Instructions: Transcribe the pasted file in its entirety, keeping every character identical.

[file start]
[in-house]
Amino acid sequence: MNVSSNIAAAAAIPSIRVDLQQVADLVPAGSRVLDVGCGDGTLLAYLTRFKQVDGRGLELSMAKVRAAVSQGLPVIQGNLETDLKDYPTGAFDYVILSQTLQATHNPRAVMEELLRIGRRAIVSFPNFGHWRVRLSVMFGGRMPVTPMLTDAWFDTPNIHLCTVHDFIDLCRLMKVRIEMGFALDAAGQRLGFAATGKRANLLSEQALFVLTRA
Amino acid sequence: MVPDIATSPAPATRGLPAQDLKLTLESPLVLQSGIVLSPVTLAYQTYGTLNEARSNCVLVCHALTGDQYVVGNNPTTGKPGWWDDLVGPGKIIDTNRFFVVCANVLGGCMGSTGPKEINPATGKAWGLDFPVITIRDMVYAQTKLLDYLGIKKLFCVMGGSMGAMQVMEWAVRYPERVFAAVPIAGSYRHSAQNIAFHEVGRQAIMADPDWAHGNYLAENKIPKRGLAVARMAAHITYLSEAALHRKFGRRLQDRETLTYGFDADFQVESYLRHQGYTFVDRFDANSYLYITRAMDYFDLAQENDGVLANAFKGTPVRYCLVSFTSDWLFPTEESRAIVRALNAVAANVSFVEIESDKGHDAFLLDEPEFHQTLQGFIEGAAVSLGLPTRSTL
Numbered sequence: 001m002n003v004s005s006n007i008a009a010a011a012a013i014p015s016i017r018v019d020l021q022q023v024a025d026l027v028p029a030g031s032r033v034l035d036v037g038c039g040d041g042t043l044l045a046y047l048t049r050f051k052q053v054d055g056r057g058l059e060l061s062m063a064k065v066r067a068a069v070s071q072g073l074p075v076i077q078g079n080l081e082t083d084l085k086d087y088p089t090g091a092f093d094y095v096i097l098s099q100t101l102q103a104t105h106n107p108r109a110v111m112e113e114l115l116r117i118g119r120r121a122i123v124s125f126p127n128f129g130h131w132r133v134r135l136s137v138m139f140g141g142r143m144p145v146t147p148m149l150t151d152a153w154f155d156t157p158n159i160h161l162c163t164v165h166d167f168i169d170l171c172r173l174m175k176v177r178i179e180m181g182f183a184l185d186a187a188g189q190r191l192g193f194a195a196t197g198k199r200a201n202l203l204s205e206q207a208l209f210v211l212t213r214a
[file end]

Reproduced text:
[in-house]
Amino acid sequence: MNVSSNIAAAAAIPSIRVDLQQVADLVPAGSRVLDVGCGDGTLLAYLTRFKQVDGRGLELSMAKVRAAVSQGLPVIQGNLETDLKDYPTGAFDYVILSQTLQATHNPRAVMEELLRIGRRAIVSFPNFGHWRVRLSVMFGGRMPVTPMLTDAWFDTPNIHLCTVHDFIDLCRLMKVRIEMGFALDAAGQRLGFAATGKRANLLSEQALFVLTRA
Amino acid sequence: MVPDIATSPAPATRGLPAQDLKLTLESPLVLQSGIVLSPVTLAYQTYGTLNEARSNCVLVCHALTGDQYVVGNNPTTGKPGWWDDLVGPGKIIDTNRFFVVCANVLGGCMGSTGPKEINPATGKAWGLDFPVITIRDMVYAQTKLLDYLGIKKLFCVMGGSMGAMQVMEWAVRYPERVFAAVPIAGSYRHSAQNIAFHEVGRQAIMADPDWAHGNYLAENKIPKRGLAVARMAAHITYLSEAALHRKFGRRLQDRETLTYGFDADFQVESYLRHQGYTFVDRFDANSYLYITRAMDYFDLAQENDGVLANAFKGTPVRYCLVSFTSDWLFPTEESRAIVRALNAVAANVSFVEIESDKGHDAFLLDEPEFHQTLQGFIEGAAVSLGLPTRSTL
Numbered sequence: 001m002n003v004s005s006n007i008a009a010a011a012a013i014p015s016i017r018v019d020l021q022q023v024a025d026l027v028p029a030g031s032r033v034l035d036v037g038c039g040d041g042t043l044l045a046y047l048t049r050f051k052q053v054d055g056r057g058l059e060l061s062m063a064k065v066r067a068a069v070s071q072g073l074p075v076i077q078g079n080l081e082t083d084l085k086d087y088p089t090g091a092f093d094y095v096i097l098s099q100t101l102q103a104t105h106n107p108r109a110v111m112e113e114l115l116r117i118g119r120r121a122i123v124s125f126p127n128f129g130h131w132r133v134r135l136s137v138m139f140g141g142r143m144p145v146t147p148m149l150t151d152a153w154f155d156t157p158n159i160h161l162c163t164v165h166d167f168i169d170l171c172r173l174m175k176v177r178i179e180m181g182f183a184l185d186a187a188g189q190r191l192g193f194a195a196t197g198k199r200a201n202l203l204s205e206q207a208l209f210v211l212t213r214a